Soldiers military

A new report from the Army points out the obvious fact that military operations increasingly are dependent on intelligence, explains a new report in Joseph Farah’s G2 Bulletin.

But effective intelligence is not assured, it notes.

“Despite a thorough understanding of intelligence fundamentals and a proficient staff, an effective intelligence effort is not assured. Large-scale combat operations are characterized by complexity, chaos, fear, violence, fatigue, and uncertainty.

“The fluid and chaotic nature of large-scale combat operations causes the greatest degree of fog, frictions, and stress on the intelligence warfighting function.”

It said intelligence “is never perfect, information collection is never easy, and a single collection capability is never persistent and accurate enough to provide all the answers.”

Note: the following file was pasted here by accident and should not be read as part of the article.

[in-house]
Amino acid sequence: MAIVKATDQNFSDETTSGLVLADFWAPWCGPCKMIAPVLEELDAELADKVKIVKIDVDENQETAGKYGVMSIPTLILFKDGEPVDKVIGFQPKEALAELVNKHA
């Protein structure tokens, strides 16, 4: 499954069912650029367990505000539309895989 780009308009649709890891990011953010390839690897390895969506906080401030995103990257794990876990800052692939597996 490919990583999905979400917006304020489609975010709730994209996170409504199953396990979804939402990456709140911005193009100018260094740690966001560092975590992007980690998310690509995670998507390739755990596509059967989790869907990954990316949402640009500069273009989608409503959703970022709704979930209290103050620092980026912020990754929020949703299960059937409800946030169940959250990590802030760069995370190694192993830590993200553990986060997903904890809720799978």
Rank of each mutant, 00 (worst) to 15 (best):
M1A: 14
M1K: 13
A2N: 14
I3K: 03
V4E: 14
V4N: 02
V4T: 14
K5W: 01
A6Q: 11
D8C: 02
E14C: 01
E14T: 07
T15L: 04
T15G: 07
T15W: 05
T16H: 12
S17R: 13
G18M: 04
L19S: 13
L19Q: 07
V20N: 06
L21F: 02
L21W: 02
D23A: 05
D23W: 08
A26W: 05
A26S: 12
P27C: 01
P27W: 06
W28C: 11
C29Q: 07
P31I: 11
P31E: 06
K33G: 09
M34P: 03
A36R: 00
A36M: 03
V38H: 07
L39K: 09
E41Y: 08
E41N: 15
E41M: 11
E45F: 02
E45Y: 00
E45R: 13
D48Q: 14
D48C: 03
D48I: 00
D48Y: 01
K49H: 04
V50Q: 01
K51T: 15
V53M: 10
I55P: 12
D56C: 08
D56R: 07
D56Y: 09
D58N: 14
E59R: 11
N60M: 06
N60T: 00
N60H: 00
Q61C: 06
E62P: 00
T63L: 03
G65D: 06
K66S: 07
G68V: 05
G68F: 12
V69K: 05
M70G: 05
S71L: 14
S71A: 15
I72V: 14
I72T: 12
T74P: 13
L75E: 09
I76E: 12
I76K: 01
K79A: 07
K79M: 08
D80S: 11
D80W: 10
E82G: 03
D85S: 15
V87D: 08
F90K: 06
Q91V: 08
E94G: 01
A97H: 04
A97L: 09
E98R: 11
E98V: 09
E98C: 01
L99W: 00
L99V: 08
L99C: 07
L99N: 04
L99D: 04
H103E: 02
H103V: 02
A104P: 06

The report, released this month, explains the outline for concern: An unknowable future will demand a “full range of military operations,” multiple domains, demands to deploy and transition to large-scale operations, enemy opposition and more.

“Intelligence, especially warning intelligence and other aspects of setting the theater of operations, is integral to operations, as the theater army competes with peer threats below the level of armed conflict. Friendly forces attempt to maintain an enduring initiative during operations to shape and prevent. However, enemies are likely to initiate hostilities against friendly forces from initial positions of relative advantage.”

It continued, “Units must be prepared to fight for intelligence against a range of threats, enemy formations, and unknowns.”

The needs will be there in real time.

But intelligence can open the door for tailored solutions.

“From this understanding, commanders can better identify windows of opportunity during operations to converge capabilities for best effect. Ready access to the intelligence networks facilitates timely decision making and provides commanders the flexibility to successfully shape and execute operations.”

For the rest of this report, and more, please go to Joseph Farah’s G2 Bulletin.

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